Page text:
Published on February 10, 2020

AHMEDABAD: Cardiac surgeries over the years have become simpler as intervention methods turn more sophisticated. But doctors face the constant challenge to improve the results of surgeries and reduce hospitalization and recovery times.

“Who can find novel solutions better than the doctors themselves?” said Dr Sukumar Mehta, the organizing chairman of the 66th annual conference of the Indian Association of Cardiovascular-Thoracic Surgeons (IACTS).

“As innovations come from their own experiences and rise out of need, they have higher acceptability,” Mehta said.

Dr Dhaval Naik, the organizing secretary of the event, said that the focus this year was on innovations. Here are some breakthroughs discussed at the conference.


The Rajkot-based surgeon felt the need for this innovation about a decade ago. “A patient in his seventies had issues with the sternum bone after his heart surgery,”

said Dr Patil. “Whenever he coughed, he felt pain in the bone.” Patil started working on a feasible solution. “Over the years, I focused on the ‘stapler’ that only needs to be applied to the bone,” he said. “It not only provides better stability but also reduces the damage to the sternum caused by traditional methods.” Patil already has a patent for his design; human trials are yet to take place.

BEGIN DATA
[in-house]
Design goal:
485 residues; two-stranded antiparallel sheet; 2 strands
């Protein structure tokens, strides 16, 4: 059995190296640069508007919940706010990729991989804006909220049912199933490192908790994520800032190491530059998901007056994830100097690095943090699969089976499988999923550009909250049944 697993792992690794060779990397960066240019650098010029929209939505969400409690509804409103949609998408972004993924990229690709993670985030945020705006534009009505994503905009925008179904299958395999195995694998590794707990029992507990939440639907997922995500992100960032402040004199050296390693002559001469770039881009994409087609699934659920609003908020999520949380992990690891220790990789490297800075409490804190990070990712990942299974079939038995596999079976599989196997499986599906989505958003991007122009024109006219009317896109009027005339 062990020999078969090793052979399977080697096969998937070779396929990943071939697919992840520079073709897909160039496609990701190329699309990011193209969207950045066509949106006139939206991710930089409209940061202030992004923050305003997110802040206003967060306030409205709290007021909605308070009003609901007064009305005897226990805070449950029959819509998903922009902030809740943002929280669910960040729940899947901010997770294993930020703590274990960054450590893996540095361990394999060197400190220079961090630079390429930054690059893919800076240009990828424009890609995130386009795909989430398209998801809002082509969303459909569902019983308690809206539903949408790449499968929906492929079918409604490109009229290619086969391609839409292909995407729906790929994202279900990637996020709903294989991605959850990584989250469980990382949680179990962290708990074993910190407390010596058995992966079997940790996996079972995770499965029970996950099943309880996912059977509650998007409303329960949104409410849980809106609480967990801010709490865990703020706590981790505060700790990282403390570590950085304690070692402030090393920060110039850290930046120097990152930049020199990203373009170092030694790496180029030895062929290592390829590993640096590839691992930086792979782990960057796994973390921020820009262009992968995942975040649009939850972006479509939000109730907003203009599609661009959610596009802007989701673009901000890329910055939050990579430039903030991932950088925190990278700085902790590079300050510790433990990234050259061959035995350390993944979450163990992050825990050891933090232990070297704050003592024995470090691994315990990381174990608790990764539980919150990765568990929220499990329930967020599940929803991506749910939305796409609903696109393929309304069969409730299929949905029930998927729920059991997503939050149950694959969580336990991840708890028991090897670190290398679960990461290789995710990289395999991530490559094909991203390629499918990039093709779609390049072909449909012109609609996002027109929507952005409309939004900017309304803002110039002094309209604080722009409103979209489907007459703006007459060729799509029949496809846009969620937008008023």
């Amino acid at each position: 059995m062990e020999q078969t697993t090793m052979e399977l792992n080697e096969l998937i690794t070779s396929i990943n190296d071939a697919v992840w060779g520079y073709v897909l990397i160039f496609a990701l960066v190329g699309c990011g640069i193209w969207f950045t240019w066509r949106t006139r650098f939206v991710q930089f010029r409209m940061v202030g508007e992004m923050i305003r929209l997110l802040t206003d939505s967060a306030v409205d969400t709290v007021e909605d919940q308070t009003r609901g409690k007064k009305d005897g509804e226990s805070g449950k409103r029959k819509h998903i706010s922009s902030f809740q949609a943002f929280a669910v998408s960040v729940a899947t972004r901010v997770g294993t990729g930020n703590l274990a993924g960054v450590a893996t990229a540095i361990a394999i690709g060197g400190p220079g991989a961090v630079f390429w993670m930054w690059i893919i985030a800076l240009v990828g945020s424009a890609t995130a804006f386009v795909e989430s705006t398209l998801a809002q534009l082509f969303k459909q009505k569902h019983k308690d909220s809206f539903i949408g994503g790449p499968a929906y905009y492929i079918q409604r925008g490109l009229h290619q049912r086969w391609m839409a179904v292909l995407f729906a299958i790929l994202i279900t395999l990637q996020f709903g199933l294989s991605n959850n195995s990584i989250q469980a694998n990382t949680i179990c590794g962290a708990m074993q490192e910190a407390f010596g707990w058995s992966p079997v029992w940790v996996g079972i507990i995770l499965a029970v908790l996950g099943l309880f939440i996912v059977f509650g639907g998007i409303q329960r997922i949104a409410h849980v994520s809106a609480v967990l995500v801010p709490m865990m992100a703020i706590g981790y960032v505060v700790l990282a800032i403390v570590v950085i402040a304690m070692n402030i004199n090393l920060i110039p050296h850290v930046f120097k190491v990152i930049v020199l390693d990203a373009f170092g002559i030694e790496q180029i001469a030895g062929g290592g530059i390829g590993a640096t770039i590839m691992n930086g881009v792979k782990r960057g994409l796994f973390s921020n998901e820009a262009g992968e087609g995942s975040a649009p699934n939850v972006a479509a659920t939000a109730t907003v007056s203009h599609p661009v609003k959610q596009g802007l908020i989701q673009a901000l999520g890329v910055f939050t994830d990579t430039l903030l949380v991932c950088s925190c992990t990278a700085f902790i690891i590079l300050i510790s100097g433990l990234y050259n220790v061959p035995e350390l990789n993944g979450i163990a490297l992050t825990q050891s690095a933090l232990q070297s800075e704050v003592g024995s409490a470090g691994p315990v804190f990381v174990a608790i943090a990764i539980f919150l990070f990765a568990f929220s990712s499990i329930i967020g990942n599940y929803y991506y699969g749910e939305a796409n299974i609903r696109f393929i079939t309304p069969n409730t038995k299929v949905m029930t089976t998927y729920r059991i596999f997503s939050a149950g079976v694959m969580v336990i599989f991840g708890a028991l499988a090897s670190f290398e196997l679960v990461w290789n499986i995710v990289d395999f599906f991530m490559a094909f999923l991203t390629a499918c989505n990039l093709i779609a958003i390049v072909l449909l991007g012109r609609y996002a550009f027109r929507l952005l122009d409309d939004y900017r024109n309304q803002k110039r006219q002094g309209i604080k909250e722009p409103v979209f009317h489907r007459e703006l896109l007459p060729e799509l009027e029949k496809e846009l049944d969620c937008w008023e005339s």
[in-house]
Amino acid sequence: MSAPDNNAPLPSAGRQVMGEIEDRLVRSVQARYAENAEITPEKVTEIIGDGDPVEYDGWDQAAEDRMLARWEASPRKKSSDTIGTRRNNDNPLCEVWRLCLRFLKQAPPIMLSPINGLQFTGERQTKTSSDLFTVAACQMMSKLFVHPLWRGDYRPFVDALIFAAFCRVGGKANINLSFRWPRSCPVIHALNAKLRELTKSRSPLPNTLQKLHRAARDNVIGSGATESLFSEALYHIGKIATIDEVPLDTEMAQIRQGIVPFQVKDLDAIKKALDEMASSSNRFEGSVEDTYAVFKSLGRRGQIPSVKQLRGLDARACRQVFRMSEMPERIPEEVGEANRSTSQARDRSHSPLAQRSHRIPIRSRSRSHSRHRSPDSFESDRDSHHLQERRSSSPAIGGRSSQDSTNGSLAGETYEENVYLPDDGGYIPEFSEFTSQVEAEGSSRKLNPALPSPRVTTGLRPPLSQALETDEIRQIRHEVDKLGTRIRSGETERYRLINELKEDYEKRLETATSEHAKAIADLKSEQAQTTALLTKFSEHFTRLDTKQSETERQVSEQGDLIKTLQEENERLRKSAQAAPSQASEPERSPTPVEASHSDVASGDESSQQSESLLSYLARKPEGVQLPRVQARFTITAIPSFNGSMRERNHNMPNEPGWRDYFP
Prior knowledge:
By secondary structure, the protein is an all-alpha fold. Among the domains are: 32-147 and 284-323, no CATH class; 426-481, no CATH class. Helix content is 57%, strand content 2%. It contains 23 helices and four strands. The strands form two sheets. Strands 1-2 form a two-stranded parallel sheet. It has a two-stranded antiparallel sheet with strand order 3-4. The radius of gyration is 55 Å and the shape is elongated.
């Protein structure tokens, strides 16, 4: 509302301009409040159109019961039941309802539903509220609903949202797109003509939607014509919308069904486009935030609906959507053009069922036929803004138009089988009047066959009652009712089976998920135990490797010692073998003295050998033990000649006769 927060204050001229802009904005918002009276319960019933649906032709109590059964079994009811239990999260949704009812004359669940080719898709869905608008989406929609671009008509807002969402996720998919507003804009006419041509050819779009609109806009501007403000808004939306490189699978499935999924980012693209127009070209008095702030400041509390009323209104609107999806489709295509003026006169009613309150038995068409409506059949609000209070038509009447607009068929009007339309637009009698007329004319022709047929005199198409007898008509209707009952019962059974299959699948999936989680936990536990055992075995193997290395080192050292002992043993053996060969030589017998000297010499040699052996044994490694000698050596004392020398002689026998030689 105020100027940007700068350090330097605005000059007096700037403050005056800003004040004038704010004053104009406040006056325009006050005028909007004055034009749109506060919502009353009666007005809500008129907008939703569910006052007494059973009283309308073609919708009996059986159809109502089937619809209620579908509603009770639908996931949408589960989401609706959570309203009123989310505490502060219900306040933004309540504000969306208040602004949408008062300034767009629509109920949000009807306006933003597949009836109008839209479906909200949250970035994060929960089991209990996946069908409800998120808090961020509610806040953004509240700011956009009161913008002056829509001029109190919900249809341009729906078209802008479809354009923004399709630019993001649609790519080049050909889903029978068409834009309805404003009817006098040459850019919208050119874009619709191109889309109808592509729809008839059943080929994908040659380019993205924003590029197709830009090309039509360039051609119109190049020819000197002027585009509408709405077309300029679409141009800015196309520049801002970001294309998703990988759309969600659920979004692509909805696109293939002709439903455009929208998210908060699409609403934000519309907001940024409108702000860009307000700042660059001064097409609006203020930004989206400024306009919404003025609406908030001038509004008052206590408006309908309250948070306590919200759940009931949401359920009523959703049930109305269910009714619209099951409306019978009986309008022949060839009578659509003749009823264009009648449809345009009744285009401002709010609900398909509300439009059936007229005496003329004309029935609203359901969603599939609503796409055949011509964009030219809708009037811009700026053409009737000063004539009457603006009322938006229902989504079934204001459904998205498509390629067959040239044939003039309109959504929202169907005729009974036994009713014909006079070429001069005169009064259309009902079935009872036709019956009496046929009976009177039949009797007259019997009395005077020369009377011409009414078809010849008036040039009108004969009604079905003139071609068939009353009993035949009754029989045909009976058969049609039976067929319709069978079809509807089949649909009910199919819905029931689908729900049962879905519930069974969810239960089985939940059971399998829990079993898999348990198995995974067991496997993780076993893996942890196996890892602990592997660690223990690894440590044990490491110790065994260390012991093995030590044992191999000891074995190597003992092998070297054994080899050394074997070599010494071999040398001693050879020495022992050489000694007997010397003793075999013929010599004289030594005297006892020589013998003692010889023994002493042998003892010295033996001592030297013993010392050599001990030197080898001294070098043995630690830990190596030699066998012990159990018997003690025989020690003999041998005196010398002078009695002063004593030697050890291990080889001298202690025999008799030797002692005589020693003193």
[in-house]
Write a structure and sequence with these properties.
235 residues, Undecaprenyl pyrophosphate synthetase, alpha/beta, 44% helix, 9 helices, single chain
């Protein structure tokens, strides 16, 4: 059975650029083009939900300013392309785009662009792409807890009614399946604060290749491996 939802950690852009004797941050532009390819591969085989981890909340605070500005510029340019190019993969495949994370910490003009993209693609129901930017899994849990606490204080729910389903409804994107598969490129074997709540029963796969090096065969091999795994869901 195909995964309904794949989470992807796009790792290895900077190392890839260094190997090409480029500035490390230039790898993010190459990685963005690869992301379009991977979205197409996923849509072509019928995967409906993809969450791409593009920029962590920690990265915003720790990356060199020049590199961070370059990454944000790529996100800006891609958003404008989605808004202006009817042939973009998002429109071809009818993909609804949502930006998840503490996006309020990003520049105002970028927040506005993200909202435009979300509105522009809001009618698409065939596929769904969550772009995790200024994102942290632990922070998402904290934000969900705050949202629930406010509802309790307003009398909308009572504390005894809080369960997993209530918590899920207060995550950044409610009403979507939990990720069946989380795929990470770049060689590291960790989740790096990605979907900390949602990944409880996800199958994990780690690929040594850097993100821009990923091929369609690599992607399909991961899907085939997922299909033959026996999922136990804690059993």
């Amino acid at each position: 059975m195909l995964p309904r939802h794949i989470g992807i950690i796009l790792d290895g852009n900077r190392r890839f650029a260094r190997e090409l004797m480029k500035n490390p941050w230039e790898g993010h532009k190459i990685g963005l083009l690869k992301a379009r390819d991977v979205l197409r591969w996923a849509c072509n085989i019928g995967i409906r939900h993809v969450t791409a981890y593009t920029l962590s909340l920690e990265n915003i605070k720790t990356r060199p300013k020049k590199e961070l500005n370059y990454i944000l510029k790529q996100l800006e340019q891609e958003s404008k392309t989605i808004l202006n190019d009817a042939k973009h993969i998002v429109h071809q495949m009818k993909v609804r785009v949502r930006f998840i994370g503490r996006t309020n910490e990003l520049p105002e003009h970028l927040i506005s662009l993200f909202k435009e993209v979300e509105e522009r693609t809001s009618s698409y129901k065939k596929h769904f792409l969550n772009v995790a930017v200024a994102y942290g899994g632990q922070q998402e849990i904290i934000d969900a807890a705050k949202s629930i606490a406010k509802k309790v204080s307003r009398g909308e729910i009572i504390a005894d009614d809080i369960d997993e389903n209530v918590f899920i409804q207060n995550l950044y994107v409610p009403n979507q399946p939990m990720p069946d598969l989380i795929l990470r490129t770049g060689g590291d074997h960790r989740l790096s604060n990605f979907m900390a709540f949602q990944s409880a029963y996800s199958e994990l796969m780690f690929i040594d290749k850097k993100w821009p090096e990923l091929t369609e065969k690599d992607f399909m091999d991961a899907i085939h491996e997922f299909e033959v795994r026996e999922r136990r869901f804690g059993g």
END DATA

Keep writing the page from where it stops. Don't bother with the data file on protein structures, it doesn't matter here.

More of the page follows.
The work in progress, ‘Sasispandan,’ India’s first magnetic bearingless bioprosthetic total artificial heart for destination therapy, is being developed by a team led by Dr R Pradeep Kumar, professor at Gitam University, Andhra Pradesh. “It’s unique in many ways. There will be no wires for charging for a start,” Kumar said. “The device will have a wireless charger. With two valves, it will imitate a human heart with great fidelity.”

With input from various disciplines, the artificial heart can be partially or fully implanted. “It will require fewer cycles of anti-platelet drugs compared to the need in the prevalent systems,” he said. “Artificial hearts, primarily designed in the western countries, sometimes don’t suit the South Asian population. We are trying to address that issue as well.” The titanium ‘heart’ has shown encouraging results in initial lab tests.

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